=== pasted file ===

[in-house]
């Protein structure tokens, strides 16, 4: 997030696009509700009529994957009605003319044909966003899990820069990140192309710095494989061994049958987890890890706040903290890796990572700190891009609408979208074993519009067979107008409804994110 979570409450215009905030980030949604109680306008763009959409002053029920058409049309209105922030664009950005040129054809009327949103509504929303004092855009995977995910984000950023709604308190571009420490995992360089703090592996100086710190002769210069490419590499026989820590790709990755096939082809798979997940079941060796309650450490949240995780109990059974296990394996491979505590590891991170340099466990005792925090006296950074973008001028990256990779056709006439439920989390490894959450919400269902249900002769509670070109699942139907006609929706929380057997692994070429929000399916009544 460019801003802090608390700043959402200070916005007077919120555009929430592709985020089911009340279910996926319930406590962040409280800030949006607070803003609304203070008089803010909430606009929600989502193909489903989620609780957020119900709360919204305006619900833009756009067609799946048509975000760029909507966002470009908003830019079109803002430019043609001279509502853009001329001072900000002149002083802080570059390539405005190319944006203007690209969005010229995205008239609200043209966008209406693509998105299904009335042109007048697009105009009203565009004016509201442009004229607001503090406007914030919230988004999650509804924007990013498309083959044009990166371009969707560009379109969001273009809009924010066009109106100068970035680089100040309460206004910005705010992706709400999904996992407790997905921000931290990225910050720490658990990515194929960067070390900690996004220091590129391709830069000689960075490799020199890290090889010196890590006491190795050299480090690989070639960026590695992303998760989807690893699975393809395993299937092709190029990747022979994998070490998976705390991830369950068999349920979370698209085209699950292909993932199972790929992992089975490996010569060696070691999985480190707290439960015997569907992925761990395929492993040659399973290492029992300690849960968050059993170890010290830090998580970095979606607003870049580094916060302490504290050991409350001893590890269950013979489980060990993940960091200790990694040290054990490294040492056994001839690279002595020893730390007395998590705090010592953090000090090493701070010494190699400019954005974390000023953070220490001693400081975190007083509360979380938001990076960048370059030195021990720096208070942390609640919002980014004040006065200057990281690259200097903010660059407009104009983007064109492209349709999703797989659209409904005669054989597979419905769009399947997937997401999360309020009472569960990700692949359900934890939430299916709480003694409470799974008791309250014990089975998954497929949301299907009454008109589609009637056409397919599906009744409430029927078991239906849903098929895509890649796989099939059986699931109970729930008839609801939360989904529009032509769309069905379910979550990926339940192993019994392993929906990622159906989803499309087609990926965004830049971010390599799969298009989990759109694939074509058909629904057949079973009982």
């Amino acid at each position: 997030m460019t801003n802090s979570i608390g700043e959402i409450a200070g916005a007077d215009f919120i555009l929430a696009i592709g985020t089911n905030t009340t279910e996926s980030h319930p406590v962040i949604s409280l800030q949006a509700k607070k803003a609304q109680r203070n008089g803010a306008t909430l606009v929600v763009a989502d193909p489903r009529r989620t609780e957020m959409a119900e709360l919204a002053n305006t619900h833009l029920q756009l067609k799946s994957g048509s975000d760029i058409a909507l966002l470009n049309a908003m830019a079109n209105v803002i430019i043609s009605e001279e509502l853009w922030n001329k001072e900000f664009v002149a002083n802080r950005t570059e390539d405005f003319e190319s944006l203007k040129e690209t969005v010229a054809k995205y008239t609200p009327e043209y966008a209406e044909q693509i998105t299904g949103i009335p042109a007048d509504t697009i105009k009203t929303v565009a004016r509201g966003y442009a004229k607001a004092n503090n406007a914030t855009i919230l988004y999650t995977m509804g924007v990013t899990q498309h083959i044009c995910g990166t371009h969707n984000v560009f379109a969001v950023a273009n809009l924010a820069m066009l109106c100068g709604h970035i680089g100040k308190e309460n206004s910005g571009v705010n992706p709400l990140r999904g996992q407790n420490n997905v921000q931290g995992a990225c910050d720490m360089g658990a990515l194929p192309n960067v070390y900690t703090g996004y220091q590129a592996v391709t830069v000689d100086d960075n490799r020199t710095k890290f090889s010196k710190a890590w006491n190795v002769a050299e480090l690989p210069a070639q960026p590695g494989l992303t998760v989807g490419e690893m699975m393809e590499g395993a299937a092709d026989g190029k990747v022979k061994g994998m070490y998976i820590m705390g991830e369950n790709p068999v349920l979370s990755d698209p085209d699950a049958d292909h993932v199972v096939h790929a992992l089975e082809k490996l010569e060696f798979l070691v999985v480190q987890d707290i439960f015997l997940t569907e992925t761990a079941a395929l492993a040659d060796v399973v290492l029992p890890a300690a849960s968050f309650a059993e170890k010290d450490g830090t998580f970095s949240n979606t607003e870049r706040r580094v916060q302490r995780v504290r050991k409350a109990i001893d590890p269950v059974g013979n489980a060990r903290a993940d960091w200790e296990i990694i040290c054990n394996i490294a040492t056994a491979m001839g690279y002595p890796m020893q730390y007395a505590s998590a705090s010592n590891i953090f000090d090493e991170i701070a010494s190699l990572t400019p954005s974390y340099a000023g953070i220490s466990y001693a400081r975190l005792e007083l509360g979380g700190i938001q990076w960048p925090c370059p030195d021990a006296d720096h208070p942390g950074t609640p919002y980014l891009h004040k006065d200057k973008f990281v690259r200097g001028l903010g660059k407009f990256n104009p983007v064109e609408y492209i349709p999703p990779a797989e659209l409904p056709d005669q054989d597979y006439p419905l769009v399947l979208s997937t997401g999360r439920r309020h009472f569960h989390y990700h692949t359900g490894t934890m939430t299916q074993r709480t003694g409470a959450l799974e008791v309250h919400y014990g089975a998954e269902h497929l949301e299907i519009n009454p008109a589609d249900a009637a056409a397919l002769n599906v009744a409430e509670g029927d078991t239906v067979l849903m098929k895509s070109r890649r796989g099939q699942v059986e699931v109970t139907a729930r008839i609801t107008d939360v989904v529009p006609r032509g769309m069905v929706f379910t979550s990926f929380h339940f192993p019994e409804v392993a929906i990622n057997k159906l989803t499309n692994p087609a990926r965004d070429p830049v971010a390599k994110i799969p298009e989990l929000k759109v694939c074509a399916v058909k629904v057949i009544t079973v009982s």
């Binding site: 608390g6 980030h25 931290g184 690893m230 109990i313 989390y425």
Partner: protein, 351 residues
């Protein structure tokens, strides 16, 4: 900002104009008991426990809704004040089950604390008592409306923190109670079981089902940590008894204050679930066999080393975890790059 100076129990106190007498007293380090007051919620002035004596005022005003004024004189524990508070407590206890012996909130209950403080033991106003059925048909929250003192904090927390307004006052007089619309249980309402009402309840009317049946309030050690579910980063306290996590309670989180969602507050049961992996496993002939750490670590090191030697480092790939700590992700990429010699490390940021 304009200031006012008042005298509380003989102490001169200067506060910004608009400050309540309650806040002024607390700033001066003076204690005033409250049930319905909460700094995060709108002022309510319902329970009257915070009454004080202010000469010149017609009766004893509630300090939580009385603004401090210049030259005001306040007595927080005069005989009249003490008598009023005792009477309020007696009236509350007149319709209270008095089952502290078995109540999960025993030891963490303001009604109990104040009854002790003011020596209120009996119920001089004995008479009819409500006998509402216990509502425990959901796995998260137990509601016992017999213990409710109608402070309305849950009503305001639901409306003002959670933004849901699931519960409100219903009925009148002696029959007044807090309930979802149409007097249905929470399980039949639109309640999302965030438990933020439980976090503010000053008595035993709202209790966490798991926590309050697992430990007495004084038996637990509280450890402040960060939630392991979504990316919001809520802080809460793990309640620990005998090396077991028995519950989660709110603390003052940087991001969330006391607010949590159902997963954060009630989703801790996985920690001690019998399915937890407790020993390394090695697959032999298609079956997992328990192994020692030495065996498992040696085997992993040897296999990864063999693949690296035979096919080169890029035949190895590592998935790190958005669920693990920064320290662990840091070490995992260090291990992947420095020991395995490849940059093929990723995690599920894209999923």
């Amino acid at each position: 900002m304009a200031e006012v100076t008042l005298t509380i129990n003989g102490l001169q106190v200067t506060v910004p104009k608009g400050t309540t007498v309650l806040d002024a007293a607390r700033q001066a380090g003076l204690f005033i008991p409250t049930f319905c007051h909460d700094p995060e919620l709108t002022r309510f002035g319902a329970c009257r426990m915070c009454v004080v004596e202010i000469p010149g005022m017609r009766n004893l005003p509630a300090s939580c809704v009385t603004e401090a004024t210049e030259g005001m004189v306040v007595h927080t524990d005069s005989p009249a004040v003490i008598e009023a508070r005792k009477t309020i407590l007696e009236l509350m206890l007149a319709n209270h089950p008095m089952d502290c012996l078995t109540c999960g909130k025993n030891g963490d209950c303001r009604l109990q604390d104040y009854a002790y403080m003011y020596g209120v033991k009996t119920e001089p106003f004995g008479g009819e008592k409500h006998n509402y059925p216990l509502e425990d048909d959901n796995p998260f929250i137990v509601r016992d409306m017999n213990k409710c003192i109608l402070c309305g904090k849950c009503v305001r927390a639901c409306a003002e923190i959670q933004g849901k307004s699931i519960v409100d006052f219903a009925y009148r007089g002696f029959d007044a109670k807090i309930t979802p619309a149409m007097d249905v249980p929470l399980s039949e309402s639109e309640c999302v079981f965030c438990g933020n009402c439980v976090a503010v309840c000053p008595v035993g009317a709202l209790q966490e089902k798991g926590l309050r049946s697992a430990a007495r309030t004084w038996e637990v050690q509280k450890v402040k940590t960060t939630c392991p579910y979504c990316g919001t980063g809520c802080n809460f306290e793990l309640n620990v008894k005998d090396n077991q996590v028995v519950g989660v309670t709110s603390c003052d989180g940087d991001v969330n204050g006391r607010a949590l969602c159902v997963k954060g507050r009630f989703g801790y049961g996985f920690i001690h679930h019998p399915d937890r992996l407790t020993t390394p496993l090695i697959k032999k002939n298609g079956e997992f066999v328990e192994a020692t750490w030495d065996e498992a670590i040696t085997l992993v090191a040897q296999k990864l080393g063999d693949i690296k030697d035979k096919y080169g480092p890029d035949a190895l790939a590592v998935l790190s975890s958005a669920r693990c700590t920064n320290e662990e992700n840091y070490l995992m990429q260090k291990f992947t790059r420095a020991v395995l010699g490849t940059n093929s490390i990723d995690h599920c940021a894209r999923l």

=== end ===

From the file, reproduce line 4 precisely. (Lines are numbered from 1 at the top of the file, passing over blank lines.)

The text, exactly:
């Binding site: 608390g6 980030h25 931290g184 690893m230 109990i313 989390y425």